Reducing youth suicide in the U.S. is a national public health priority. A supportive and safe school environment is pivotal to preventing youth suicide, and schools are now widely accepted as part of the de facto mental healthcare infrastructure for adolescents.
Lesbian, gay, bisexual, transgender and questioning (LGBTQ) youth are at elevated risk for suicide. Safer school environments decrease this risk. The school nurse is well positioned to implement evidence-based (EB) strategies to enhance school environments and improve the mental health of all students, particularly members of this vulnerable population. These strategies include the creation of “safe spaces,” adoption of harassment and bullying prohibitions, improved access to community health and mental health providers experienced in working with youth and LGBTQ people, school staff development, and incorporation of LGBTQ-specific information into health education curricula.
These strategies promote positive mental health outcomes for LGBTQ youth, and their cisgender, heterosexual peers as well. This five year study, funded by the Eunice Kennedy Shriver National Institute of Child Health and Human Development grant number R01HD083399, will evaluate our intervention model called “RLAS” (Implementing School Nursing Strategies to Reduce LGBTQ Adolescent Suicide). It builds on the Exploration, Preparation, Implementation, and Sustainment conceptual framework and the Dynamic Adaptation Process (DAP), a structured methodology for implementing the EB strategies. The DAP accounts for the multi-level context of school settings, facilitates appropriate expertise and feedback to make them “implementation ready,” and provides for targeted training of school nurses.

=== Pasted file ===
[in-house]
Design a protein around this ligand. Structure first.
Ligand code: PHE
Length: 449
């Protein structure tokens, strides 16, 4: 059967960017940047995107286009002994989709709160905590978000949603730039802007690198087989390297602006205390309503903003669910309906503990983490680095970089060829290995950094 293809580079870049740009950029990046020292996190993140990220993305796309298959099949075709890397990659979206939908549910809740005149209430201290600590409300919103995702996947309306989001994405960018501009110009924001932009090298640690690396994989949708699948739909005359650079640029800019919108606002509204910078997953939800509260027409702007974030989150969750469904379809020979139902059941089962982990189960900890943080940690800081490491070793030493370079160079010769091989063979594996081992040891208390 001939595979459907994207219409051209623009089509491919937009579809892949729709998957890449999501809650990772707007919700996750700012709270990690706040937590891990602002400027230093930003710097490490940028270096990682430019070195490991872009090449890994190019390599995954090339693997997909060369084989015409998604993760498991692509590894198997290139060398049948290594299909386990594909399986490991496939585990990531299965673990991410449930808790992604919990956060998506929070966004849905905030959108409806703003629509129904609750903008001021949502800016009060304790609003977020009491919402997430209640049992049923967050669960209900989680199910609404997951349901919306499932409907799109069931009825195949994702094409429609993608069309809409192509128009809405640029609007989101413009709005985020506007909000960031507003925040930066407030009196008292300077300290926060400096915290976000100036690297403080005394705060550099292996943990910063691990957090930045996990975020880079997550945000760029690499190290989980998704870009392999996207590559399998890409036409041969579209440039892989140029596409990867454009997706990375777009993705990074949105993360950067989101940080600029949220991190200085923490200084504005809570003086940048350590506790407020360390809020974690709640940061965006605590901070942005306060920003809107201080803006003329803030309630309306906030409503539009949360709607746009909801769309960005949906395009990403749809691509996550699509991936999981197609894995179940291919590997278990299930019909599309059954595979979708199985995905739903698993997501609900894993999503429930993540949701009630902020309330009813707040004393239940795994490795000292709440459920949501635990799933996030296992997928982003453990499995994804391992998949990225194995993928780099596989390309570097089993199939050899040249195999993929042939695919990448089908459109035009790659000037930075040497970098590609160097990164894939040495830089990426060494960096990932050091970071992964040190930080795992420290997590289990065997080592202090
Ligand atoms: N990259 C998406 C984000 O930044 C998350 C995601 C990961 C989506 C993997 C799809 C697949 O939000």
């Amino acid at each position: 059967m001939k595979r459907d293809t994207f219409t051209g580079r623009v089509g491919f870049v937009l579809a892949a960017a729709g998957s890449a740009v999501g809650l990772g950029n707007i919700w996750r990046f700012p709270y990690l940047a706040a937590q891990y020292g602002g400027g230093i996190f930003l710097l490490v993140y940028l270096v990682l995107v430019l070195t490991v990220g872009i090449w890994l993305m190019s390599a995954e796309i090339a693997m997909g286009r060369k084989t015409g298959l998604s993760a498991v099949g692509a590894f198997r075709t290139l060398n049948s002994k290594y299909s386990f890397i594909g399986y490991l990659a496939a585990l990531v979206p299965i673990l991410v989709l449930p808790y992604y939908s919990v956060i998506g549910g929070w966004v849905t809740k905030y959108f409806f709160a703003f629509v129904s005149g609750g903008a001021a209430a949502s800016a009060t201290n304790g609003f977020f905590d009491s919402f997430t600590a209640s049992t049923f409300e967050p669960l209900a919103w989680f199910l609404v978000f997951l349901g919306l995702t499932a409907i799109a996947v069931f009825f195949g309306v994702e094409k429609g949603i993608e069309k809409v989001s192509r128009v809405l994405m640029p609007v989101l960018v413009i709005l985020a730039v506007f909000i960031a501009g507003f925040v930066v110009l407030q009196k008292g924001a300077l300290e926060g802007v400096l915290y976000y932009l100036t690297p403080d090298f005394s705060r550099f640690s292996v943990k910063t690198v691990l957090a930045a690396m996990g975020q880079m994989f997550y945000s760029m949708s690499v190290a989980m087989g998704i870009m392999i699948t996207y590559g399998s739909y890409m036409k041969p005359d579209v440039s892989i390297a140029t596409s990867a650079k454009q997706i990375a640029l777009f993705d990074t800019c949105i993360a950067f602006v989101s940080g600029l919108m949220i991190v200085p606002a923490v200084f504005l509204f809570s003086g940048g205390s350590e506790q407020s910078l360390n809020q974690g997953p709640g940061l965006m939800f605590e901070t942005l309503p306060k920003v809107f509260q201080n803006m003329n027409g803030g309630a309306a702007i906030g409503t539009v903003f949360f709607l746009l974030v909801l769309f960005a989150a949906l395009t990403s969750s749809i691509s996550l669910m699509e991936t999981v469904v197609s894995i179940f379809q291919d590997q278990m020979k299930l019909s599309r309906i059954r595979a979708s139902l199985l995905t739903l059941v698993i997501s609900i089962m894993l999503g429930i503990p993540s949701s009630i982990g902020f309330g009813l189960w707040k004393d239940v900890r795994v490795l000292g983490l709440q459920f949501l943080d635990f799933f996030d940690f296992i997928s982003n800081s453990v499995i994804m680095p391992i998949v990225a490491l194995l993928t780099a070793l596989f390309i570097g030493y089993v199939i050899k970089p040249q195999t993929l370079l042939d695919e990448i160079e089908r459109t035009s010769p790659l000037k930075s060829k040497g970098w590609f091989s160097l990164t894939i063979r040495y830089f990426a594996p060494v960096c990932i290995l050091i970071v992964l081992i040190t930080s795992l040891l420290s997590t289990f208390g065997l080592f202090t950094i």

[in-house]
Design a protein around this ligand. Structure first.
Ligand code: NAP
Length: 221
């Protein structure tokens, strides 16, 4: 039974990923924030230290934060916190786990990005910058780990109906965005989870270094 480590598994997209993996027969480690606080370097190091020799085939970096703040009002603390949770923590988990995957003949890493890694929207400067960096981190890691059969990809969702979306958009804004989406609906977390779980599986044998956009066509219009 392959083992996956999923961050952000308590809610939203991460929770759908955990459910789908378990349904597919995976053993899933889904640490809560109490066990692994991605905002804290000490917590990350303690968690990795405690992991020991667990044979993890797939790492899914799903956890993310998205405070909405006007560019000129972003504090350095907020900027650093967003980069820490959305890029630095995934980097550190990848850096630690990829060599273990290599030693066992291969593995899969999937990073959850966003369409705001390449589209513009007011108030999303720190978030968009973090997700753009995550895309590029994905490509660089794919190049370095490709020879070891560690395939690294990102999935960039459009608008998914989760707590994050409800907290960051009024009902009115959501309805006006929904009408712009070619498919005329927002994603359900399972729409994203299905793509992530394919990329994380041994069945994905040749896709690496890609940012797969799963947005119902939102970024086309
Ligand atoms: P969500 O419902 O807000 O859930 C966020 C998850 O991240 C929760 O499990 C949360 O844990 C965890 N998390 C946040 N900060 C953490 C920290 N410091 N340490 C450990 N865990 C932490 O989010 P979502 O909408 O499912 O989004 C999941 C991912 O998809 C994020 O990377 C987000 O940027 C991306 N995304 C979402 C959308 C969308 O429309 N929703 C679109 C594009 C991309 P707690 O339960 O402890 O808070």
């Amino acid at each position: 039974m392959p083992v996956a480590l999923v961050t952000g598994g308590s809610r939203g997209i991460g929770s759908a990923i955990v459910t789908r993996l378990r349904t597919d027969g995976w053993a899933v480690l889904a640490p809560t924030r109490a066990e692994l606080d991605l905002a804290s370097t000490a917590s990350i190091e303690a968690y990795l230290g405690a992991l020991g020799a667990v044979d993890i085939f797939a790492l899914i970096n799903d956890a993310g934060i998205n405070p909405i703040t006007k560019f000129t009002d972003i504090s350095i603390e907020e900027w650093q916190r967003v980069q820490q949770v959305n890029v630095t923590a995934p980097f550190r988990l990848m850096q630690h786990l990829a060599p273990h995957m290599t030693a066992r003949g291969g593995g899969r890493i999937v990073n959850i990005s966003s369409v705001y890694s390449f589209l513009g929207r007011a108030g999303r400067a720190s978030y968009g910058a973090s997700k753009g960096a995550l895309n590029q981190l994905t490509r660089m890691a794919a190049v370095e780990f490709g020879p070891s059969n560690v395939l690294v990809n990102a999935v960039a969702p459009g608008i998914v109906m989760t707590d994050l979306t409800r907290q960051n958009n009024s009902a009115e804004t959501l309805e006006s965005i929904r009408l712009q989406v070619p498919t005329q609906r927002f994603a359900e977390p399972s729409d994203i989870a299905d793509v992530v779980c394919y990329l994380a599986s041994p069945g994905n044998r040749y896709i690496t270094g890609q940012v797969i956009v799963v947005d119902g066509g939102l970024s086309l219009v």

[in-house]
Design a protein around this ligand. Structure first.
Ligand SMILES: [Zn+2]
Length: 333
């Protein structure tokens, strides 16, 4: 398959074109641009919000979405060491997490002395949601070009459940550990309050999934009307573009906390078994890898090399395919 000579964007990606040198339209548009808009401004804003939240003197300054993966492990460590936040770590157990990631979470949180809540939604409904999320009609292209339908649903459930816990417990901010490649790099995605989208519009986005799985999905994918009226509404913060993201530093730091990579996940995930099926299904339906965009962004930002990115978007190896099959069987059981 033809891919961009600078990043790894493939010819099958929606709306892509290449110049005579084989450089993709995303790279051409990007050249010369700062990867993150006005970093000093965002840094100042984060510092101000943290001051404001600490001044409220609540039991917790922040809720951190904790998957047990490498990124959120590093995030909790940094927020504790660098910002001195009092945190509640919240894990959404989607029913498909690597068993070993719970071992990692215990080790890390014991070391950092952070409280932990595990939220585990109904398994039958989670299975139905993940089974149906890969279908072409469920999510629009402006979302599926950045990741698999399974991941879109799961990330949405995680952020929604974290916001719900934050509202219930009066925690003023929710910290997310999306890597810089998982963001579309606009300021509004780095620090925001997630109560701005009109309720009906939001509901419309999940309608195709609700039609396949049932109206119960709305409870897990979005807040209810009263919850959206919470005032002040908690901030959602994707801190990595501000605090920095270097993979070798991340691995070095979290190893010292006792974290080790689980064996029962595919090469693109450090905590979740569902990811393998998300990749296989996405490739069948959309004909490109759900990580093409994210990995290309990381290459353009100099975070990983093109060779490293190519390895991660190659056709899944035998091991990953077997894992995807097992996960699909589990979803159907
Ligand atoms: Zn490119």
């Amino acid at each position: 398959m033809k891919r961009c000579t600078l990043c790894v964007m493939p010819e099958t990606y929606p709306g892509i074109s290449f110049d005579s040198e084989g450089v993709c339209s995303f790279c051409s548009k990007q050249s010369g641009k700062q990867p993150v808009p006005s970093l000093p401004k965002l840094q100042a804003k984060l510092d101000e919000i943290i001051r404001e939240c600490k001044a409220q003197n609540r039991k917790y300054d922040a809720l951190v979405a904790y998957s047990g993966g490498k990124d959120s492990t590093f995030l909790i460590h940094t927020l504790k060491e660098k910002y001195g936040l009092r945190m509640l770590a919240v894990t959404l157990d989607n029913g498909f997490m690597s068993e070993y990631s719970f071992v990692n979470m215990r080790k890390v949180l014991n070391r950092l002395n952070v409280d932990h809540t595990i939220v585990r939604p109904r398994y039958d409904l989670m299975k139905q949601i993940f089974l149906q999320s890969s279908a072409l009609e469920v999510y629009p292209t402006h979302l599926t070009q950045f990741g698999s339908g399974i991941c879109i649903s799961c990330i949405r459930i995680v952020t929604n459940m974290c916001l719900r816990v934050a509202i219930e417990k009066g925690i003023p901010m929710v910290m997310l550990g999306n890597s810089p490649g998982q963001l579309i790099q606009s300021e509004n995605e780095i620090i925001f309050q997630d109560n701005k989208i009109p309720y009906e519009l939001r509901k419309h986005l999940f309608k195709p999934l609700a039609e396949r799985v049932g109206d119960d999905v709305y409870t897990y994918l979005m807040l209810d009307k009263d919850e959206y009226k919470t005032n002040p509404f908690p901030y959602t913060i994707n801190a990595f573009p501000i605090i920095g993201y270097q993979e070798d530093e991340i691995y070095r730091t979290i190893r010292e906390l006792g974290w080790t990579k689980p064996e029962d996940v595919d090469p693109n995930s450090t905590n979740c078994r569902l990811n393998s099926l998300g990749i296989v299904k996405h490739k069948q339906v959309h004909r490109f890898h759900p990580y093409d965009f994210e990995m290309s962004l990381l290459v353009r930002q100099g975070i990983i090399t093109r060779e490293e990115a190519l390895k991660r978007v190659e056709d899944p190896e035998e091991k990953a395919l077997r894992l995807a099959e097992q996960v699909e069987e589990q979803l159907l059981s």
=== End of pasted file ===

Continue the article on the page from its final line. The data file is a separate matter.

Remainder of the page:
Per the DAP, the nurses or other school professionals will convene and lead Implementation Resource Teams (IRTs) consisting of counselors, social workers, health educators, and youth. With the guidance of coaches, the IRTs will engage in an iterative process of assessment and planning to build school capacity and implement the EB strategies.
To evaluate this model, we combine qualitative methods with population-based surveys and pursue three major goals. First, we will utilize the DAP to enable specially-trained IRTs to implement and sustain EB strategies to address the needs of LGBTQ high school students. Second, we will conduct a cluster randomized controlled trial (RCT) to assess whether sexual minority students and their peers in RLAS schools report reductions in suicidality, depression, substance use, and bullying, and increased safety compared to those in usual care schools. Third, we will examine the individual, school, and community factors influencing both implementation and outcomes.
The RLAS keeps with national priorities to improve school-based services for pediatric populations and LGBTQ youth mental health, and represents a novel contribution to implementation science.
- Sonnie Davies, M.P.H.
- Shannon Fluder
- Lara Gunderson, Ph.D.
- Janie Lee Hall, R.N.
- Patricia Hokanson, M.P.H.
- Alena Kuhlemeier, Ph.D. Candidate
- Daniel Gene Shattuck, Ph.D.
Green, A. E., Willging, C. E., Ramos, M. M., Shattuck, D., Gunderson, L. (2018). Factors impacting implementation of evidence-based strategies to create safe and supportive schools for sexual and gender minority students. Journal of Adolescent Health, 63 (5) 643-648. DOI: 10.1016/j.jadohealth.2018.06.004 PMCID: PMC6289584 https://www.ncbi.nlm.nih.gov/pmc/articles/PMC6289584/
Shattuck, D., Hall, J. L., Green, A., Greenberg, C., Penaloza, L., Ramos, M., Willging, C. (2018). Recruitment of schools for intervention research to reduce health disparities for sexual and gender minority students. Journal of School Nursing, 36 (4) 258-264. DOI: 10.1177/1059840518820103 PMCID: PMC6989023 https://www.ncbi.nlm.nih.gov/pubmed/30587088
Willging, C. E., Green, A. E., Ramos, M. M. (2016). Implementing school nursing strategies to reduce LGBTQ adolescent suicide: A randomized cluster trial study protocol. Implementation Science, 11 (1) 145. DOI: 10.1186/s13012-016-0507-2 PMCID: PMC5075193 https://implementationscience.biomedcentral.com/articles/10.1186/s13012-016-0507-2